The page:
21. Terrence Ross, Toronto Raptors (NR)
22. Andrew Wiggins, SF/SG, Minnesota Timberwolves (NR)
23. Wesley Johnson, Los Angeles Lakers (34)
24. Matt Barnes, Los Angeles Clippers (28)
25. Vince Carter, SF/SG, Memphis Grizzlies (27 at SG)
26. Corey Brewer, Minnesota Timberwolves (31)
27. Andre Iguodala, SF/SG, Golden State Warriors (12)
28. Gerald Henderson, SF/SG, Charlotte Hornets (17 at SG)
29. Maurice Harkless, Orlando Magic (16)
30. Otto Porter Jr., Washington Wizards (25)
31. Michael Kidd-Gilchrist, Charlotte Hornets (24)
32. Gerald Green, SF/SG, Phoenix Suns (NR)
33. Wilson Chandler, Denver Nuggets (NR)
34. Marcus Morris, SF/PF, Phoenix Suns (NR)
35. Doug McDermott, Chicago Bulls (NR) (currently out after knee surgery)
36. Anthony Morrow, SF/SG, Oklahoma City Thunder (NR)
37. Solomon Hill, Indiana Pacers (NR)
38. Hollis Thompson, SF/SG, Philadelphia 76ers (NR)
39. Evan Turner, SF/SG, Boston Celtics (20)
40. T.J. Warren, Phoenix Suns (NR)

Now it’s your turn. Let us know in the comments below who’s too high or too low or missing.

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The Wire Troll: Jarrett Jack Turning Things Around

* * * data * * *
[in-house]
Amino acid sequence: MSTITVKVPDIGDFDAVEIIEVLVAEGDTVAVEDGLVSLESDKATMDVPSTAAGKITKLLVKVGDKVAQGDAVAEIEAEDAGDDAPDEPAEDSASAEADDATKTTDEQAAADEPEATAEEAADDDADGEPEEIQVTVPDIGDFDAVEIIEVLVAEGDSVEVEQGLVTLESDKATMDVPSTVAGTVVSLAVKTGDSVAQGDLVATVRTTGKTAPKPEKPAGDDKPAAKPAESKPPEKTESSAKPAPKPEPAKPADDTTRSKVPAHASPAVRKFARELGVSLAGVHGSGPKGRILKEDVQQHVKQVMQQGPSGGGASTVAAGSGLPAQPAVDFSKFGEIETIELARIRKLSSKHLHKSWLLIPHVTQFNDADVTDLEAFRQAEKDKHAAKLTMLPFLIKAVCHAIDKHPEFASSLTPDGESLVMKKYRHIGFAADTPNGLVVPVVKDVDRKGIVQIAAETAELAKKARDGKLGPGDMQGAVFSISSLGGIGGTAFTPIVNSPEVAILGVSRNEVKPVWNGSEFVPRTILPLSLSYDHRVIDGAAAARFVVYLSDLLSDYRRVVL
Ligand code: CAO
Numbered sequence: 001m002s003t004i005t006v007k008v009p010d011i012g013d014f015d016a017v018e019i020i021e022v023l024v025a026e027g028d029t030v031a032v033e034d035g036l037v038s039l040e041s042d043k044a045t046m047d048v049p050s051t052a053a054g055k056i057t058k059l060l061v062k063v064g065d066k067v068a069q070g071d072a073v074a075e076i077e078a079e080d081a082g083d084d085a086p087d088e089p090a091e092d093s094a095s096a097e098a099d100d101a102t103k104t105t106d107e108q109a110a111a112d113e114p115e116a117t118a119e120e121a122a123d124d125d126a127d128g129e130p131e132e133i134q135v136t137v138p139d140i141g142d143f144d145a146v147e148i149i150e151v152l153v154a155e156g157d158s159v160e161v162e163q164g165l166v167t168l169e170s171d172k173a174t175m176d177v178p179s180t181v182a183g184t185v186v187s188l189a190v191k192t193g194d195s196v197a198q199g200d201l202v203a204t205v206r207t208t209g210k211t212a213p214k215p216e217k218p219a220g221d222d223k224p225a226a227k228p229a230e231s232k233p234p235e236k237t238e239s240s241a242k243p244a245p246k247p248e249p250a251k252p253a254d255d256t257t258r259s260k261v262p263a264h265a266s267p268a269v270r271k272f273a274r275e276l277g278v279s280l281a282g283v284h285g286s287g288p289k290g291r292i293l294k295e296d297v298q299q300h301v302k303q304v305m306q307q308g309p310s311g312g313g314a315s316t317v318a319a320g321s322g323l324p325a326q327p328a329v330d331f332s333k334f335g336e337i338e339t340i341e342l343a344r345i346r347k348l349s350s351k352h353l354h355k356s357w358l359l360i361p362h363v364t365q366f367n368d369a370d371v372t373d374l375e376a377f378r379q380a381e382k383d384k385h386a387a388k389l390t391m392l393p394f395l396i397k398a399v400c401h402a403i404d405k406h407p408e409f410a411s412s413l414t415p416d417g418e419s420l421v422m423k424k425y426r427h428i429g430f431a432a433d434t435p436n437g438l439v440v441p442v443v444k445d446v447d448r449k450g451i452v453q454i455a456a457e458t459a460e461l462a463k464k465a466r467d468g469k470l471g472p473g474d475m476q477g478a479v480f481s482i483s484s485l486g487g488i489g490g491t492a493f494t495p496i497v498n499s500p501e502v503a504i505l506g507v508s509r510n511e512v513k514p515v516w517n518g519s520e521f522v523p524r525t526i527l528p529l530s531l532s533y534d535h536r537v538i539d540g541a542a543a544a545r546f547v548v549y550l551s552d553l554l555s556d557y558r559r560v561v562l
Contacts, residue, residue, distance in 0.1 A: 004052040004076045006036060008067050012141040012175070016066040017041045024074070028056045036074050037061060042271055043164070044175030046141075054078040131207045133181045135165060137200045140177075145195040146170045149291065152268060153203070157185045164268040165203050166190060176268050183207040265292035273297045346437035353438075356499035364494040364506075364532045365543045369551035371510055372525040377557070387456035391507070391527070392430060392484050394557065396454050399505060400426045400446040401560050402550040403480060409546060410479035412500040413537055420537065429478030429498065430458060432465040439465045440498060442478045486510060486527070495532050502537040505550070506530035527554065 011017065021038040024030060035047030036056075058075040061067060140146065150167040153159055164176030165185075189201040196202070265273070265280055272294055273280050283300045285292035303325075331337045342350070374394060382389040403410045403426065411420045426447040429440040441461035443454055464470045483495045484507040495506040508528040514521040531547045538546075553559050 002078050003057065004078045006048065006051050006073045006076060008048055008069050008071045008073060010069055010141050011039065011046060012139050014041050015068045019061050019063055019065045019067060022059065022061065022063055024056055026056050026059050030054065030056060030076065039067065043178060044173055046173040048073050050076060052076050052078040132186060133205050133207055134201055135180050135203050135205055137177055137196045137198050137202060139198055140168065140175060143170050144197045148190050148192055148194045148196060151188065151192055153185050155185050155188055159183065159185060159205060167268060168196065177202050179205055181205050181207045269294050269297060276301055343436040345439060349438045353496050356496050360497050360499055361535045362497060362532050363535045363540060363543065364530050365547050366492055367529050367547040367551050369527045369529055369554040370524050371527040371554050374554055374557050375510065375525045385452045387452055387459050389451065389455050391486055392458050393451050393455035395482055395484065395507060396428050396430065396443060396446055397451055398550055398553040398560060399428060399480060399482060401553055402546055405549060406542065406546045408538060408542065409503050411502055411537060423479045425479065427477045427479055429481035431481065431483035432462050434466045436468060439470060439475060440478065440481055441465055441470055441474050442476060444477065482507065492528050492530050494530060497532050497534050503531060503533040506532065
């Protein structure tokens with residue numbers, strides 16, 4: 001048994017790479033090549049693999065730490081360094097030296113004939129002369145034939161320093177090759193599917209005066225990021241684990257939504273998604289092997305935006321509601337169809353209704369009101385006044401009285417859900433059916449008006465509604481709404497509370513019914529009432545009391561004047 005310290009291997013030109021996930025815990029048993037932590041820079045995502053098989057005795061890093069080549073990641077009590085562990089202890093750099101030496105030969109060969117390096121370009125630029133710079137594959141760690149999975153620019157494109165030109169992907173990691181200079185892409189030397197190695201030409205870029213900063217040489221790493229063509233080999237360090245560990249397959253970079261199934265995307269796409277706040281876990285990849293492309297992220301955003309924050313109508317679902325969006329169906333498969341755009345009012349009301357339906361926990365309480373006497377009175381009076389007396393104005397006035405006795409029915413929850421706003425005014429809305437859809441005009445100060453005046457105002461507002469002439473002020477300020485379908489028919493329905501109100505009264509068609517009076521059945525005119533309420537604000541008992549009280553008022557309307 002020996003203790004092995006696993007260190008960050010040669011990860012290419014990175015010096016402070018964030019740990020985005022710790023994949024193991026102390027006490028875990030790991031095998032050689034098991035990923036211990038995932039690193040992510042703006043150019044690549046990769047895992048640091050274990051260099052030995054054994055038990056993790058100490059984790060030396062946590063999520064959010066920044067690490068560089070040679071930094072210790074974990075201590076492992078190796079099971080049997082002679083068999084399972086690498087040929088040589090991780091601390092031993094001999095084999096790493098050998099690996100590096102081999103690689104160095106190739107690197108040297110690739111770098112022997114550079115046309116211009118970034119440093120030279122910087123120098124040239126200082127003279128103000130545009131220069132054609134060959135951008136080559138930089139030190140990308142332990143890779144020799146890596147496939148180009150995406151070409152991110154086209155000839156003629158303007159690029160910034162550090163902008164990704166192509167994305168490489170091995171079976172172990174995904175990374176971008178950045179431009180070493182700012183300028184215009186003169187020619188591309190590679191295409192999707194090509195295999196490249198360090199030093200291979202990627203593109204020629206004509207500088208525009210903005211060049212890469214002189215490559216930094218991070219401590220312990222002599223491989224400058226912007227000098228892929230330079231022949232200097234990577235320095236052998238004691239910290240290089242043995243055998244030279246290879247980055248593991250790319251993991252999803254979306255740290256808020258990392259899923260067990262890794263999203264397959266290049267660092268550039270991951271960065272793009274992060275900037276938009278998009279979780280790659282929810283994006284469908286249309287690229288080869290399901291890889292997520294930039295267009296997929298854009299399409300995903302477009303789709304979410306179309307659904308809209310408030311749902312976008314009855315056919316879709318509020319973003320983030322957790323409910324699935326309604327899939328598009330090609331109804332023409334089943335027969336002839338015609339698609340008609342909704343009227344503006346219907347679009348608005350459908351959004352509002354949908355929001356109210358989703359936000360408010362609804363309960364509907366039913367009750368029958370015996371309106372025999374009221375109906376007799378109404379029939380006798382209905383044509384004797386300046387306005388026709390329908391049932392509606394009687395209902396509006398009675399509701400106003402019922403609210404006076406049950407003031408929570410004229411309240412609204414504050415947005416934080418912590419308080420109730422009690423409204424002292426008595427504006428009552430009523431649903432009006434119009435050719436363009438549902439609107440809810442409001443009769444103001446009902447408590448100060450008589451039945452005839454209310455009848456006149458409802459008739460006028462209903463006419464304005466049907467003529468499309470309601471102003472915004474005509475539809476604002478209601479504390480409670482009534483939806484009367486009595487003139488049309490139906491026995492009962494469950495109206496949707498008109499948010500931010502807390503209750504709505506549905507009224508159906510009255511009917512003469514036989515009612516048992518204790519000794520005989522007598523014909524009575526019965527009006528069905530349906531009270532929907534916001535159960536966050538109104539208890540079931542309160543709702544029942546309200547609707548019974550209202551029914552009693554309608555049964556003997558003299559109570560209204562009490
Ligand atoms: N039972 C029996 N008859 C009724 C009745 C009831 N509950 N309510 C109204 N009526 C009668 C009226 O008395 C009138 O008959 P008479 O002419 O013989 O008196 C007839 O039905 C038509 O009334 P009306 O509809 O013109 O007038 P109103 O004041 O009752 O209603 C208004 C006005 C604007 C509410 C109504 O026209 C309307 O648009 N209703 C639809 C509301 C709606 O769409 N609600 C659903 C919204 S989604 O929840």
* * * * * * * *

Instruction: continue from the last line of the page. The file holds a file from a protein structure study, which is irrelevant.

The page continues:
December 20, 2014 | by RotoRob | Comments Comments Off
Minnesota has opted to start LaVine recently and the rookie is beginning to post Fantasy-worthy numbers. LaVine has been flirting with double-doubles, and his outside shot is starting to fall, with two treys on three attempts over the past two games combined. How about those three steals on Friday? Okay, so LaVine only dropped three dimes, but he was coming off a team-best eight-assist effort on Tuesday, so if you need a boost in helpers, this kid may be a fine short-term pickup while Rubio heals.
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2009-10 RotoRob NBA Draft Kit: The Draft Results

October 26, 2009 | by RotoRob | Comments (1)
Given Granger’s recent injury history, I opted for the durable Bryant, despite my distaste for having to root for him. Sure, his name may be bigger than his slowly declining numbers these days, but Kobe still provides plenty of points, he’s a great FT shooter and will be a very good source of steals. There’s no real downside to owning Bryant, so I had to bite the bullet.
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The Hidden Truth: FG Percentage, Part One

February 16, 2009 | by Alex Hardin | Comments (9)
Need a guard that can help you in FG percentage? Give Ronnie Brewer a look. Welcome to the first edition of The Hidden Truth, a new NBA fantasy column in which I will be focusing on exposing the stats and players that win fantasy leagues. For instance, everyone knows Allen Iverson can hoop, but what are [...]